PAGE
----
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stories from some of the world's top pipers

Carlos Nuñez

What attracts me to the Great Highland Bagpipe is primarily the sound. I think that the Scottish “Stradivarius” who reinvented the sound of the pipes in the 19th century were geniuses. They renounced things like the second octave, semitones obtained through special fingerings, and looked for a powerful sound instead, escaping from the nasal and sometimes unpleasant sound of older pipes, evolving towards an elegant tone with the “problematic” frequencies cut. Sound engineers nowadays might say it comes equalized. I think it’s also very wise that grace notes, instead of being defined notes with a strong presence as in other European pipes, just cut the sound, helping to articulate the music. Sometimes I feel as if it had been designed to listen to the music from far away.


Then of course there is the pipe band tradition, in which individualistic elements like vibrato, rubato, improvisation, notes with an uncertain tuning, are omitted in benefit of the ensemble. I think the Highland pipes nowadays, even if they are the same instrument in which pibroch is performed, are mainly thought to work within a pipe band. The repertoire is unique too, especially pibroch, even if there are links to other instruments or traditions, as my friend Barnaby Brown often discusses.


Even if military music is far from the spirit of fiesta of the gaita, old pipers like Ricardo Portela realised that there were different levels of tunes. There was dance music and serious music just to be listened to. When I learn about old Scottish music, I find more and more things in common with old Galician music. Both seem to have been less rigid than we were taught. I can’t forget probably the clearest similarity for an audience. Scottish jigs and Galician muiñeiras and the dancing with the arms up to the sky!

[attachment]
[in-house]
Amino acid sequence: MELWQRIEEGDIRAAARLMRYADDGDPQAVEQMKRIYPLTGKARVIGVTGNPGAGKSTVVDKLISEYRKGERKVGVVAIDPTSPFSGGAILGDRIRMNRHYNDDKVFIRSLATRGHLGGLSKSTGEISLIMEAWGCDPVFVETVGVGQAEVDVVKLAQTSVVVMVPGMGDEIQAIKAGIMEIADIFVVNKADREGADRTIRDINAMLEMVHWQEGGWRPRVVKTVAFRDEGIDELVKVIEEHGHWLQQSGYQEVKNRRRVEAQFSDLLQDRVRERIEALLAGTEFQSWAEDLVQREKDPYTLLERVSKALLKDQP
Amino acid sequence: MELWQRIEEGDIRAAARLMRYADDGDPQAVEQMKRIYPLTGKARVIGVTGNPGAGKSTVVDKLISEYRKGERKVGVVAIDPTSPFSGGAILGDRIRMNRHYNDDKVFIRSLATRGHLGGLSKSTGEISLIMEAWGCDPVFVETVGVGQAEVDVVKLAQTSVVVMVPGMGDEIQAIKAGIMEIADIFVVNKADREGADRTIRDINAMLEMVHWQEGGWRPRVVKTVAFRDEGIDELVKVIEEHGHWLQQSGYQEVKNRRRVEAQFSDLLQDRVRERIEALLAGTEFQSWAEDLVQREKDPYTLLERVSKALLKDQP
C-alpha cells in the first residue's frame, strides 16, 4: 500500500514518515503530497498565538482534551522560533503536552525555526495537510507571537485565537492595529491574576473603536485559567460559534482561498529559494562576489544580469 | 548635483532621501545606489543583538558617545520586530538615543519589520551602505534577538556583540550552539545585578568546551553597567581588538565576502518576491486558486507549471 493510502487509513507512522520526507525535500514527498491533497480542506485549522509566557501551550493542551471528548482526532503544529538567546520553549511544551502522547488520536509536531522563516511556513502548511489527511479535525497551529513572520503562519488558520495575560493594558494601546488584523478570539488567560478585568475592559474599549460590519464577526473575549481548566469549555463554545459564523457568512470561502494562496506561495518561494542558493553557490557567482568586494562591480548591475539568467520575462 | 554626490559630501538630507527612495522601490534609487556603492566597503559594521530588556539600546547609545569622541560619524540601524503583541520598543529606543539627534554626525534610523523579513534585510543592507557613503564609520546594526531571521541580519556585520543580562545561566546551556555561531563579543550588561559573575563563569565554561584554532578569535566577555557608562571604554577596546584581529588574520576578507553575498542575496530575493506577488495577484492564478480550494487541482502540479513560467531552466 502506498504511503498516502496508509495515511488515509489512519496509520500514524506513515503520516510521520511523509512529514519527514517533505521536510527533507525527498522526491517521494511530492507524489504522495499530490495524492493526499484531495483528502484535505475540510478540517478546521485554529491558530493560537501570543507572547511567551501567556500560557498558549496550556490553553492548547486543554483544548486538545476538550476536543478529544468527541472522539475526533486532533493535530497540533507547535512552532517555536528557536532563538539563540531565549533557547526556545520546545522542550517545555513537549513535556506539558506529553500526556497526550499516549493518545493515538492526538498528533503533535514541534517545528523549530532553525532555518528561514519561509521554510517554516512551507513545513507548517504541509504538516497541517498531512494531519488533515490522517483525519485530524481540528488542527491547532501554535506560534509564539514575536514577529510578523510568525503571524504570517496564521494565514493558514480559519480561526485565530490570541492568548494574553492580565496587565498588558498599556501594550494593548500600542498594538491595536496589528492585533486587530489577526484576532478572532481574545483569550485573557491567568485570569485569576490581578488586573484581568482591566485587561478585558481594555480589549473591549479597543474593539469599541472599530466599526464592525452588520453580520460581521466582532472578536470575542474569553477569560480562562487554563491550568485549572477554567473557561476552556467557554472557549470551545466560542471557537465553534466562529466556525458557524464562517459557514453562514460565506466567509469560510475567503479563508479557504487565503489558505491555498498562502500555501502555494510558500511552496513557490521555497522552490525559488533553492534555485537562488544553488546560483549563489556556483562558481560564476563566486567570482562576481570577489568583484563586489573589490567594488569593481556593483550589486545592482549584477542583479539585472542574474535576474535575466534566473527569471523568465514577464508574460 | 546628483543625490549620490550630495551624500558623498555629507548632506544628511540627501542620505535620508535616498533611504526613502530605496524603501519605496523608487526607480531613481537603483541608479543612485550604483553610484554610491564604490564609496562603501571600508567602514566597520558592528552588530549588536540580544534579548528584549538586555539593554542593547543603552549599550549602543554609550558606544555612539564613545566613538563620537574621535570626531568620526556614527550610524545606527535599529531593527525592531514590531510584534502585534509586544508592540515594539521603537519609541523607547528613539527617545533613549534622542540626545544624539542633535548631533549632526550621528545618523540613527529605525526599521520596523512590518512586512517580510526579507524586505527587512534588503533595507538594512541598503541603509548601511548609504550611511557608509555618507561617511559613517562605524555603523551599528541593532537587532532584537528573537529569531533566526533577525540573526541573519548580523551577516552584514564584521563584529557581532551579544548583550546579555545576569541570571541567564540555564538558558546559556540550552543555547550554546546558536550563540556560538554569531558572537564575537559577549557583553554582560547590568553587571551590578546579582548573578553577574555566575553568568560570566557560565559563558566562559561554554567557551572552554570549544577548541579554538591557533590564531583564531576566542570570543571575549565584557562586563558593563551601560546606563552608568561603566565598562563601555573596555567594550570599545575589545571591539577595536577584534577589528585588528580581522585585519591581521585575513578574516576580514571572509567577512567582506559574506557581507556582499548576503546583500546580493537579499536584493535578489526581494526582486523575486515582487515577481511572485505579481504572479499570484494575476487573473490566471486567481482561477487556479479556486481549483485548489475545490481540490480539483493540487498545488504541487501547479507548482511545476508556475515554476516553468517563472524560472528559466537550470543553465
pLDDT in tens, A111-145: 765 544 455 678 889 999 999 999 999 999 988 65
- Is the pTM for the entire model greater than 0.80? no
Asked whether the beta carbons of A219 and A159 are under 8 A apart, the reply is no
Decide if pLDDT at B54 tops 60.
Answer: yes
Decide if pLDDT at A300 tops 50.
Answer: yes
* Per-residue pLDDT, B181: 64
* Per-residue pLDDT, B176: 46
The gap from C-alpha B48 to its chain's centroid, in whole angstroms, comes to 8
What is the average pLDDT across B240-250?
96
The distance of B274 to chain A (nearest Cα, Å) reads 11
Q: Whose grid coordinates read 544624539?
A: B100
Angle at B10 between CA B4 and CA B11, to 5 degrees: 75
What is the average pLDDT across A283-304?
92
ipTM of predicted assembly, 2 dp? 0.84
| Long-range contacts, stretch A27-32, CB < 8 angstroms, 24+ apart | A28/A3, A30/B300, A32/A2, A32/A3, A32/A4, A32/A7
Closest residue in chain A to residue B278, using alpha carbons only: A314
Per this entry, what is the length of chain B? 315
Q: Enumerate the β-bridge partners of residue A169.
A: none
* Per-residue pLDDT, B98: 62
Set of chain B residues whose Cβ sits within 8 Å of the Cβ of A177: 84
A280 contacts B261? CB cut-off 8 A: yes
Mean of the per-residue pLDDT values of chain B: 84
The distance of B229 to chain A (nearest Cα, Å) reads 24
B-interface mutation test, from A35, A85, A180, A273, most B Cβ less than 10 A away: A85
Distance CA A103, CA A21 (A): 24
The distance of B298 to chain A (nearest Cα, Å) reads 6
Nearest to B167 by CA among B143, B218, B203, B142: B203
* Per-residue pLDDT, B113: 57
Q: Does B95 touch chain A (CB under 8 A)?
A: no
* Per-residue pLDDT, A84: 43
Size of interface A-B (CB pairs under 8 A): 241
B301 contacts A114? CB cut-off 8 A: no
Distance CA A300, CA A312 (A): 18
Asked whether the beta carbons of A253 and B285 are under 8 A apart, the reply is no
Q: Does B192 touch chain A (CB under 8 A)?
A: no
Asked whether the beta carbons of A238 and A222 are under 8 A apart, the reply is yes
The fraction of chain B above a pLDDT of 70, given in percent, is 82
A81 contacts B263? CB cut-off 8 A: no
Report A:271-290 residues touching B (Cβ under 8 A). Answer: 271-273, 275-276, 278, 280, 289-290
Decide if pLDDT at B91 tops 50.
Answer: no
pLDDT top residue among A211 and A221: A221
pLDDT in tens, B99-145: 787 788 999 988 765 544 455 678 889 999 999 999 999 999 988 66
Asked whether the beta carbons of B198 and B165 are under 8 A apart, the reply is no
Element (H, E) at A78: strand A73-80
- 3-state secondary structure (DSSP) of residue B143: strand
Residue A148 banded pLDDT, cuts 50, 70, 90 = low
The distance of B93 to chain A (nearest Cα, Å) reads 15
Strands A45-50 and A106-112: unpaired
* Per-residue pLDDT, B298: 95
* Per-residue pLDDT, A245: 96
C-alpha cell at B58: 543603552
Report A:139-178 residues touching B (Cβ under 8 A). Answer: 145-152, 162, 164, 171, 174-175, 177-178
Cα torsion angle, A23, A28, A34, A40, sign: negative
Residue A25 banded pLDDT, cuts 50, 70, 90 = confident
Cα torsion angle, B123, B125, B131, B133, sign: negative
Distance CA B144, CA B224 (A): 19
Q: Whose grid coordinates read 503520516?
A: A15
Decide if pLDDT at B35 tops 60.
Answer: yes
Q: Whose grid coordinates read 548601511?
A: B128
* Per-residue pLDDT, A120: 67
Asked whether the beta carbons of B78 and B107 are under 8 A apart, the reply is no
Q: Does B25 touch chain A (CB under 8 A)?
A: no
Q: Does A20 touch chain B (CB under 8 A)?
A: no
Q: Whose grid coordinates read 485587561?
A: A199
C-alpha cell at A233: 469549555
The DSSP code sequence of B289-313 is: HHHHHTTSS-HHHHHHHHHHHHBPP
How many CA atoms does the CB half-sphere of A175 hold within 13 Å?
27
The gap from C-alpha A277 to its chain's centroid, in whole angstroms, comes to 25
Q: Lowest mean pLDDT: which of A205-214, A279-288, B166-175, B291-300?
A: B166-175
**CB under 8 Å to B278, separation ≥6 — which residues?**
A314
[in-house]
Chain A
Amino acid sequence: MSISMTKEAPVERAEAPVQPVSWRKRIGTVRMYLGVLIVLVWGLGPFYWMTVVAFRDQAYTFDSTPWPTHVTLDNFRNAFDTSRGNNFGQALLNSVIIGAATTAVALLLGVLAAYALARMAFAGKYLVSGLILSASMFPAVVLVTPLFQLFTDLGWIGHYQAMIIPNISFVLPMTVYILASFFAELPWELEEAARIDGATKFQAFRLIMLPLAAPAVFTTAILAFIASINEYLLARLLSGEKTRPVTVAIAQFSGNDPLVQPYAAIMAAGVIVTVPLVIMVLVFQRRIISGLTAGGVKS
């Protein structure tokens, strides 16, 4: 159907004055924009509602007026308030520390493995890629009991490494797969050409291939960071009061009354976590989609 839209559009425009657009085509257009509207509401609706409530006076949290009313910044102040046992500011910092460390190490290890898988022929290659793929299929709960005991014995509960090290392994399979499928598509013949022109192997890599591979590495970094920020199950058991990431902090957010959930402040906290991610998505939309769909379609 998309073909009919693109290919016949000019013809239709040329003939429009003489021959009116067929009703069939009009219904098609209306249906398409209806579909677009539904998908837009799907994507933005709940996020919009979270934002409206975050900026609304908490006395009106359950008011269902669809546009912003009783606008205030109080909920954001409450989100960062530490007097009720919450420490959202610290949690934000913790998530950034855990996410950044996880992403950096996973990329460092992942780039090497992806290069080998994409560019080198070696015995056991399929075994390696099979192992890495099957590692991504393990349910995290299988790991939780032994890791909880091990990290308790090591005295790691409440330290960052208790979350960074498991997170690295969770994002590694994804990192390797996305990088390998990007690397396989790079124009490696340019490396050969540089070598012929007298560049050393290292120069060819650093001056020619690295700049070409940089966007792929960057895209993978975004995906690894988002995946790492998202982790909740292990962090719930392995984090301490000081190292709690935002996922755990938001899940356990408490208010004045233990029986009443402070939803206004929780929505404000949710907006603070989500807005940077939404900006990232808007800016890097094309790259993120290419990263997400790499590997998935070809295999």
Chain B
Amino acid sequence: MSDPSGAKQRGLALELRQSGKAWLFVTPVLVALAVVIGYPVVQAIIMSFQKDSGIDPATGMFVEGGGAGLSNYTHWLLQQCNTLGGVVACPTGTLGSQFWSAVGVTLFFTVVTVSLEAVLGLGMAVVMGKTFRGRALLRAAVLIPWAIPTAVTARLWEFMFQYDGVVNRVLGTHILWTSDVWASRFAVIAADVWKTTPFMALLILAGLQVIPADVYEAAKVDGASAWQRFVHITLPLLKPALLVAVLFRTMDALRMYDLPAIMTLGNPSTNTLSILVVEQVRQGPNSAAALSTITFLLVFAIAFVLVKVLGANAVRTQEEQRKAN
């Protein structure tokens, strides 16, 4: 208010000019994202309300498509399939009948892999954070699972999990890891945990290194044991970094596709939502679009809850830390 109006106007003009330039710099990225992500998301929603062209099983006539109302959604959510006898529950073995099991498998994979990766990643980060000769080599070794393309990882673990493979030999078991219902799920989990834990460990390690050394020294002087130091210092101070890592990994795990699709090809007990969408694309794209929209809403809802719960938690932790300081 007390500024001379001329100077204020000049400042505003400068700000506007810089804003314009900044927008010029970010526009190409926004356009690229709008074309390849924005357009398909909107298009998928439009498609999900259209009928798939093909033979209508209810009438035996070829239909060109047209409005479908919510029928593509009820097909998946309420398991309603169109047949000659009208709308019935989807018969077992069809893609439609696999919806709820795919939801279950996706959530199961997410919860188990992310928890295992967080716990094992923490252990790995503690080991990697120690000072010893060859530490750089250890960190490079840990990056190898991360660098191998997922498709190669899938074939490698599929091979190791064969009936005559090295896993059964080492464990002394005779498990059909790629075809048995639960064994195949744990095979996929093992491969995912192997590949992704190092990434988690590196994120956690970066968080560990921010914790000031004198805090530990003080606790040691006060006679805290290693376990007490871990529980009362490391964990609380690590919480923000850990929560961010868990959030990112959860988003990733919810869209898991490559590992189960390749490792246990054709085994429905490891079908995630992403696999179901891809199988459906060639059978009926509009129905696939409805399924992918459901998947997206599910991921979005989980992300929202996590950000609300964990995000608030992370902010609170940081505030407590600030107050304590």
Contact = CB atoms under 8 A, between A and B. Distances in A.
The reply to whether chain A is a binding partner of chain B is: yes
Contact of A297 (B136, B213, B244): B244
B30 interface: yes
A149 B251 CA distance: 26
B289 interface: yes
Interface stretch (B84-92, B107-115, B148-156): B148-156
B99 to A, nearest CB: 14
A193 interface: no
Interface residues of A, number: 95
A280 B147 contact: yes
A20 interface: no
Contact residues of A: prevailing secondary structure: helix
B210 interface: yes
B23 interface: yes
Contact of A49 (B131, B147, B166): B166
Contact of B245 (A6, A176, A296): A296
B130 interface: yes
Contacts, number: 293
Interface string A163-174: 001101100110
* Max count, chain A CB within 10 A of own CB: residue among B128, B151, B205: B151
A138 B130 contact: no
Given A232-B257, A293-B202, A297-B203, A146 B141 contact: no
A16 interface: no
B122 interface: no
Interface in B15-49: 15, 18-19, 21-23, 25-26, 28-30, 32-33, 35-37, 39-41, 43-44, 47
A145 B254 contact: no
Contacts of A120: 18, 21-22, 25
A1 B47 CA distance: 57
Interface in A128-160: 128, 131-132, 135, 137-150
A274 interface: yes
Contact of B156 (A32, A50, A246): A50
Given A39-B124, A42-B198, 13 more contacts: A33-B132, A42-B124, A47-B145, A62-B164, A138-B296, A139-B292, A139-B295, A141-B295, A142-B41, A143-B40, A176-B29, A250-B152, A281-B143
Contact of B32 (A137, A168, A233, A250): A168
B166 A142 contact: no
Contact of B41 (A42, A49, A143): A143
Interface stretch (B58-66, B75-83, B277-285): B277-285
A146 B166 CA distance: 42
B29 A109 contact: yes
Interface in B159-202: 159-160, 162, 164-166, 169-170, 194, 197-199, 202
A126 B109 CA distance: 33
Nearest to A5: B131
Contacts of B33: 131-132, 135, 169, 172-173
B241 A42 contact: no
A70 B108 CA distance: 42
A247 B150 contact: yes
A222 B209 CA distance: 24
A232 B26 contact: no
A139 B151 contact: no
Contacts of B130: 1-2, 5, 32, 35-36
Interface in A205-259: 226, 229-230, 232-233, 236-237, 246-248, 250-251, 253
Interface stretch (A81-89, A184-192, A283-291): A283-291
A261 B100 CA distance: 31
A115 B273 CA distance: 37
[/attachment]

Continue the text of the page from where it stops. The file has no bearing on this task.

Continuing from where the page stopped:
I love the Scottish tunes, from the mysterious pìobaireachd, to the Mason´s Apron or The Clumsy Lover that I played for years with the Chieftains. Another one I love is Aires Escoceses composed in the XIX century by Spanish violin virtuoso Pablo de Sarasate, dedicated to his friend Scott Skinner. Known as the “Spanish Paganini”, he put all his virtuoso technique to the service of the beautiful Scottish melodies as variations. I think he did it in a very natural way not like Beethoven, who I’d say suffered arranging Scottish songs as tonal tunes, when they were obviously modal!

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